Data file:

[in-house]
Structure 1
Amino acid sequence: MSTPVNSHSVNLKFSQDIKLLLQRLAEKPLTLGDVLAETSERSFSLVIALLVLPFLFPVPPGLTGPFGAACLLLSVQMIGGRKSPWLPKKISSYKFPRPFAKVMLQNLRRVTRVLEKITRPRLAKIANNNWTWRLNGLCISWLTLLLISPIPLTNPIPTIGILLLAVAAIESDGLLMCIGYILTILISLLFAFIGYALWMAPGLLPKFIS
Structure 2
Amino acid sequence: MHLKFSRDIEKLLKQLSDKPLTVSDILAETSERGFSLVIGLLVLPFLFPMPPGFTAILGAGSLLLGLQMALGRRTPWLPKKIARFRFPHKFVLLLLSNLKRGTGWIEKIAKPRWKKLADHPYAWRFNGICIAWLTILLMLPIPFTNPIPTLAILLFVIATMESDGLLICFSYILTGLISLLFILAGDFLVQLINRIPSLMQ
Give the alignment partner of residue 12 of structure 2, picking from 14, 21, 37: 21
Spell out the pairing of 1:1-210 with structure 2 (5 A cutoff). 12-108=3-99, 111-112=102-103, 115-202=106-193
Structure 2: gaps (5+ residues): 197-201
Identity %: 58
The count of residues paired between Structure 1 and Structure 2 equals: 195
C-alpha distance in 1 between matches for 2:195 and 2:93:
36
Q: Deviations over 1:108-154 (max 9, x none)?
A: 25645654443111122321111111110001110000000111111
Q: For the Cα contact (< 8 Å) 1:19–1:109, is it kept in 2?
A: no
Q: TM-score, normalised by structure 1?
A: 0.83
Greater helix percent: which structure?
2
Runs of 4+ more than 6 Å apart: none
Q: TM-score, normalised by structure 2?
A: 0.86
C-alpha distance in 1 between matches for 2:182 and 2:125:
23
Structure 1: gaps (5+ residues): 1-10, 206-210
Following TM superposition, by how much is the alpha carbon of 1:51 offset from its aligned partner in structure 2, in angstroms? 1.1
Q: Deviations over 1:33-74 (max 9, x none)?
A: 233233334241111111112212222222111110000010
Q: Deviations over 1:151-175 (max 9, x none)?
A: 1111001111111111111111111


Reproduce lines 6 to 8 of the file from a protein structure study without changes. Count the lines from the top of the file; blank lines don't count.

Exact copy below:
Give the alignment partner of residue 12 of structure 2, picking from 14, 21, 37: 21
Spell out the pairing of 1:1-210 with structure 2 (5 A cutoff). 12-108=3-99, 111-112=102-103, 115-202=106-193
Structure 2: gaps (5+ residues): 197-201